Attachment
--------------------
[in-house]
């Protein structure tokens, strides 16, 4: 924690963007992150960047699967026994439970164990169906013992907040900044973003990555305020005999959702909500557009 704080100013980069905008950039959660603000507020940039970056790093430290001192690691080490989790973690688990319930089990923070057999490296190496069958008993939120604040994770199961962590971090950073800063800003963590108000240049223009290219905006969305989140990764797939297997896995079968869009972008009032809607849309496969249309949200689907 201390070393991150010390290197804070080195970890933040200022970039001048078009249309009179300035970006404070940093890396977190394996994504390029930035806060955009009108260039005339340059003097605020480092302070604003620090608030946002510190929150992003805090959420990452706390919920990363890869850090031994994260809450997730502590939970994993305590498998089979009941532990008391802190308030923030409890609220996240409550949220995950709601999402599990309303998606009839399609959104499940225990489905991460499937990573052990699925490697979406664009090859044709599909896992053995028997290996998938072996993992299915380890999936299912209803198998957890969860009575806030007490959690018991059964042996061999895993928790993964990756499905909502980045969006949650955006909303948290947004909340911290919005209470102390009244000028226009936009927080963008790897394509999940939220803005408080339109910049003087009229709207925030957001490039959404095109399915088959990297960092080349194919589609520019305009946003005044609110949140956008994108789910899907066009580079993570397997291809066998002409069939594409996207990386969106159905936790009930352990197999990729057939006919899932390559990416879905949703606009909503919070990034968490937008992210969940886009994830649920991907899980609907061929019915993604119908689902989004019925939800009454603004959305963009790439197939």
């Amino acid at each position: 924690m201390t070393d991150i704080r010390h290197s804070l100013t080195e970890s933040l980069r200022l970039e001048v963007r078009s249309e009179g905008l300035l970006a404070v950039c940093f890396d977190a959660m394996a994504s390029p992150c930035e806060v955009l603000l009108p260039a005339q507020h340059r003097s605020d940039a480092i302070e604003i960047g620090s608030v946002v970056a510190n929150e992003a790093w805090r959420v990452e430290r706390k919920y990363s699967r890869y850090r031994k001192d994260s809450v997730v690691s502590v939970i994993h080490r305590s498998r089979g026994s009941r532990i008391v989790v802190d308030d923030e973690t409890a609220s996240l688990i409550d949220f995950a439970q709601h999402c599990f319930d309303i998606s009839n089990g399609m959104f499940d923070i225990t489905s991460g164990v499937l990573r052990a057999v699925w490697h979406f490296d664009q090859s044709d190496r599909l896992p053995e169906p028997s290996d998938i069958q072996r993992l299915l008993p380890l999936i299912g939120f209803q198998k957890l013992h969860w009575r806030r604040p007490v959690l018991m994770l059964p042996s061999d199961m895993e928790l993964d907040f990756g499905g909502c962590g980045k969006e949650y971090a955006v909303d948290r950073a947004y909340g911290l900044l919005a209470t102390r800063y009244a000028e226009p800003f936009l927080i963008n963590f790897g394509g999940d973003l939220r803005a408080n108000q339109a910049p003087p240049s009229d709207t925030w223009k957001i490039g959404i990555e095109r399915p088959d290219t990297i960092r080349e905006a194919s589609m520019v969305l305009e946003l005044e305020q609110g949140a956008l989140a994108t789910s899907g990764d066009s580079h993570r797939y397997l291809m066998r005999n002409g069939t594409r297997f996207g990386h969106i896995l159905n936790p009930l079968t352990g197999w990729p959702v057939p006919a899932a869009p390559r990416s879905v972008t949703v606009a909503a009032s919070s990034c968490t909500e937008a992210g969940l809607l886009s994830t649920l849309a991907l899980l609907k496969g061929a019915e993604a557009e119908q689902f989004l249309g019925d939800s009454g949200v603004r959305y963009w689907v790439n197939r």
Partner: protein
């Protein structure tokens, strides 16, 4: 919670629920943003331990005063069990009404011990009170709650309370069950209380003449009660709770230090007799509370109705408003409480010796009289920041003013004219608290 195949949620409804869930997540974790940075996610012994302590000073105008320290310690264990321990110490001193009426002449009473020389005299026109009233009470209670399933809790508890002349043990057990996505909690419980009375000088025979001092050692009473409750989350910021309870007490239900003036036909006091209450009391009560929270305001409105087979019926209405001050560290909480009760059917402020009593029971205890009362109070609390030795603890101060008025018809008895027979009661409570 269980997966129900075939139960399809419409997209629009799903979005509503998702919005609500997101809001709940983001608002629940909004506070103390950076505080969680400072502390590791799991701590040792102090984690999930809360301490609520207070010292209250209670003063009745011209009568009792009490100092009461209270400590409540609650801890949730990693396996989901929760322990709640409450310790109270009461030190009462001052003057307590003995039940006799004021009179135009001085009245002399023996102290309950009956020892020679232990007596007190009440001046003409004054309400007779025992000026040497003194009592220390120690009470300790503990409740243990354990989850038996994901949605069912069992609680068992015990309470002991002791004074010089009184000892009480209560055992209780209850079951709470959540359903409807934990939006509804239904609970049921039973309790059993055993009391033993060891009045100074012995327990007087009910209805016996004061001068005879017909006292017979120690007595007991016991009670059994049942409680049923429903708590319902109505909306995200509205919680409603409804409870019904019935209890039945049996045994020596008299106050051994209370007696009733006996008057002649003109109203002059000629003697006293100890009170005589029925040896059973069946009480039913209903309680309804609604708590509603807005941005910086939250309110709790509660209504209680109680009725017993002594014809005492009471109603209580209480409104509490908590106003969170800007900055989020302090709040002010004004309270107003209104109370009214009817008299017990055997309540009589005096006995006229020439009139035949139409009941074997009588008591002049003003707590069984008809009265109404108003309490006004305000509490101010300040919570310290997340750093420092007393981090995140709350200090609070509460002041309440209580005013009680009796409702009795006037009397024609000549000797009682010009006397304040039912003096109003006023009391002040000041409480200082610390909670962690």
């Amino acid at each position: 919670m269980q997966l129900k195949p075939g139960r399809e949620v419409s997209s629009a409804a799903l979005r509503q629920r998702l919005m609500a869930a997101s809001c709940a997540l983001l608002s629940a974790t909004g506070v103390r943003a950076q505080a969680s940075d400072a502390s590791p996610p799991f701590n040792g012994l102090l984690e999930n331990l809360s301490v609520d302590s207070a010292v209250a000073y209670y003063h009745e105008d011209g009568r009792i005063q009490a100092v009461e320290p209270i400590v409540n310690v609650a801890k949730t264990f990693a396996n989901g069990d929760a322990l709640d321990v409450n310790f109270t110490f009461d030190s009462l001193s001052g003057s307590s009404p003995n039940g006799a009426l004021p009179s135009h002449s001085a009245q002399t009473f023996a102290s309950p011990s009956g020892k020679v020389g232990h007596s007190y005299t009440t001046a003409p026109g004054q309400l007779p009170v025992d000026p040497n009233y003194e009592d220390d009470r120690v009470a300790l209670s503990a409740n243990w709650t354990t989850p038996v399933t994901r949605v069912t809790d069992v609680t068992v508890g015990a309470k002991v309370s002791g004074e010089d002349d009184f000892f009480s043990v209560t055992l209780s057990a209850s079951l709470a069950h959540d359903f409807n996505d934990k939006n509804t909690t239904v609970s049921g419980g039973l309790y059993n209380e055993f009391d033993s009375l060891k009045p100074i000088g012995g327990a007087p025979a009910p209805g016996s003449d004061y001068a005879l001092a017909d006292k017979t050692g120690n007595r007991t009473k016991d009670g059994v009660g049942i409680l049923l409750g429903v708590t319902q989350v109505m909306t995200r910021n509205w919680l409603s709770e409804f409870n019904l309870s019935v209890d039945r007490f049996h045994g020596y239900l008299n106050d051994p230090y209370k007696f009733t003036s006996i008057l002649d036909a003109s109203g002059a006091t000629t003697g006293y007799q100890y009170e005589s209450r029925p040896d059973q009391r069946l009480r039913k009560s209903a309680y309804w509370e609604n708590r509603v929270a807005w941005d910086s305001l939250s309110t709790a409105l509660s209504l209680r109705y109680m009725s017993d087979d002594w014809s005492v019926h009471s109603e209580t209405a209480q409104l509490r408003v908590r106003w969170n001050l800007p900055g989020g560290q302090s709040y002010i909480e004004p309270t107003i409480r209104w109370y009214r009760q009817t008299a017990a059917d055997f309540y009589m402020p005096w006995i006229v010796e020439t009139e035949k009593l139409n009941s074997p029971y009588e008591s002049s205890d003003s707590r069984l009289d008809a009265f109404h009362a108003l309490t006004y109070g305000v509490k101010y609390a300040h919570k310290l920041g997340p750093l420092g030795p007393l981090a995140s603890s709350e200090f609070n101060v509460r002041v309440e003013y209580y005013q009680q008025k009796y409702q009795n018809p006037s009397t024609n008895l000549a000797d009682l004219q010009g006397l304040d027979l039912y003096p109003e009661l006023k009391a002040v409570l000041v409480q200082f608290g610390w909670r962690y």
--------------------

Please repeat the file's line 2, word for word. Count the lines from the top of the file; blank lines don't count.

């Protein structure tokens, strides 16, 4: 924690963007992150960047699967026994439970164990169906013992907040900044973003990555305020005999959702909500557009 704080100013980069905008950039959660603000507020940039970056790093430290001192690691080490989790973690688990319930089990923070057999490296190496069958008993939120604040994770199961962590971090950073800063800003963590108000240049223009290219905006969305989140990764797939297997896995079968869009972008009032809607849309496969249309949200689907 201390070393991150010390290197804070080195970890933040200022970039001048078009249309009179300035970006404070940093890396977190394996994504390029930035806060955009009108260039005339340059003097605020480092302070604003620090608030946002510190929150992003805090959420990452706390919920990363890869850090031994994260809450997730502590939970994993305590498998089979009941532990008391802190308030923030409890609220996240409550949220995950709601999402599990309303998606009839399609959104499940225990489905991460499937990573052990699925490697979406664009090859044709599909896992053995028997290996998938072996993992299915380890999936299912209803198998957890969860009575806030007490959690018991059964042996061999895993928790993964990756499905909502980045969006949650955006909303948290947004909340911290919005209470102390009244000028226009936009927080963008790897394509999940939220803005408080339109910049003087009229709207925030957001490039959404095109399915088959990297960092080349194919589609520019305009946003005044609110949140956008994108789910899907066009580079993570397997291809066998002409069939594409996207990386969106159905936790009930352990197999990729057939006919899932390559990416879905949703606009909503919070990034968490937008992210969940886009994830649920991907899980609907061929019915993604119908689902989004019925939800009454603004959305963009790439197939």